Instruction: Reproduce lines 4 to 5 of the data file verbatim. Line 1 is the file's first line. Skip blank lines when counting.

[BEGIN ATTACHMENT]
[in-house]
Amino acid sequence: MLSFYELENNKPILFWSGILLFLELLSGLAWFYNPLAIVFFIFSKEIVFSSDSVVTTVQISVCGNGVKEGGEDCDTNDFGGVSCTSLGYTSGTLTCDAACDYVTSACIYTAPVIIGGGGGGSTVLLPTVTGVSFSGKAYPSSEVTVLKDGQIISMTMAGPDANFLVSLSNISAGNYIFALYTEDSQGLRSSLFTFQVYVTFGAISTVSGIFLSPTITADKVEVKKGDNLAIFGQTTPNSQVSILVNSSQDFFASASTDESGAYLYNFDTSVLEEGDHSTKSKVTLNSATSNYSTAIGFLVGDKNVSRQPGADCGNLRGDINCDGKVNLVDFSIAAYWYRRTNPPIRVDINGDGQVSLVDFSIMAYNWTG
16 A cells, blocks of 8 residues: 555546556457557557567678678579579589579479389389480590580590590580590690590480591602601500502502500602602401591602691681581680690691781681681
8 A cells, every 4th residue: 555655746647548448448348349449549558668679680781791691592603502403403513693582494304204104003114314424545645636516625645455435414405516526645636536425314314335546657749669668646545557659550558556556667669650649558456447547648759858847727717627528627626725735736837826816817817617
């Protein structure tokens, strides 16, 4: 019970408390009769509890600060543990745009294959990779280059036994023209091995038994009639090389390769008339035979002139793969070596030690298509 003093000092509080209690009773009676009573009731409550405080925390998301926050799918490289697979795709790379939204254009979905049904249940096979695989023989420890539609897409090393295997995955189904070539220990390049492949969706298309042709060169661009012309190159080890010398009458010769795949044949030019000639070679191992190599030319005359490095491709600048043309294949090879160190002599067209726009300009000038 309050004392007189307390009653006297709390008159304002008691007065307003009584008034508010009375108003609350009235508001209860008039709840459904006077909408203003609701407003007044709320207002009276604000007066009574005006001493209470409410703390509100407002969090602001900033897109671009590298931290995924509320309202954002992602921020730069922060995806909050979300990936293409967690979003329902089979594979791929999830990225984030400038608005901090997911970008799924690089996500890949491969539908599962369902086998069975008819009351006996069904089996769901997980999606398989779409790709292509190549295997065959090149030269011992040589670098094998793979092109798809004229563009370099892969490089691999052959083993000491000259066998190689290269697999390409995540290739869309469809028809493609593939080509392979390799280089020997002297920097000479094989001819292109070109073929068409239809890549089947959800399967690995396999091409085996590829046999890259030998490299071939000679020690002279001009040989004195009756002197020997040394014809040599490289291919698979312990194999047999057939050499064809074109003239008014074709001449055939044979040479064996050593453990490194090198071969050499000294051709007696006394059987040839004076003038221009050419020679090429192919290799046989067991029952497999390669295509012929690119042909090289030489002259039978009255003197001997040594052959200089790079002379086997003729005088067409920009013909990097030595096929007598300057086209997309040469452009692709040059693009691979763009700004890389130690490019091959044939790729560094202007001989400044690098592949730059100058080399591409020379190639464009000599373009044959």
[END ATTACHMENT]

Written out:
8 A cells, every 4th residue: 555655746647548448448348349449549558668679680781791691592603502403403513693582494304204104003114314424545645636516625645455435414405516526645636536425314314335546657749669668646545557659550558556556667669650649558456447547648759858847727717627528627626725735736837826816817817617
């Protein structure tokens, strides 16, 4: 019970408390009769509890600060543990745009294959990779280059036994023209091995038994009639090389390769008339035979002139793969070596030690298509 003093000092509080209690009773009676009573009731409550405080925390998301926050799918490289697979795709790379939204254009979905049904249940096979695989023989420890539609897409090393295997995955189904070539220990390049492949969706298309042709060169661009012309190159080890010398009458010769795949044949030019000639070679191992190599030319005359490095491709600048043309294949090879160190002599067209726009300009000038 309050004392007189307390009653006297709390008159304002008691007065307003009584008034508010009375108003609350009235508001209860008039709840459904006077909408203003609701407003007044709320207002009276604000007066009574005006001493209470409410703390509100407002969090602001900033897109671009590298931290995924509320309202954002992602921020730069922060995806909050979300990936293409967690979003329902089979594979791929999830990225984030400038608005901090997911970008799924690089996500890949491969539908599962369902086998069975008819009351006996069904089996769901997980999606398989779409790709292509190549295997065959090149030269011992040589670098094998793979092109798809004229563009370099892969490089691999052959083993000491000259066998190689290269697999390409995540290739869309469809028809493609593939080509392979390799280089020997002297920097000479094989001819292109070109073929068409239809890549089947959800399967690995396999091409085996590829046999890259030998490299071939000679020690002279001009040989004195009756002197020997040394014809040599490289291919698979312990194999047999057939050499064809074109003239008014074709001449055939044979040479064996050593453990490194090198071969050499000294051709007696006394059987040839004076003038221009050419020679090429192919290799046989067991029952497999390669295509012929690119042909090289030489002259039978009255003197001997040594052959200089790079002379086997003729005088067409920009013909990097030595096929007598300057086209997309040469452009692709040059693009691979763009700004890389130690490019091959044939790729560094202007001989400044690098592949730059100058080399591409020379190639464009000599373009044959």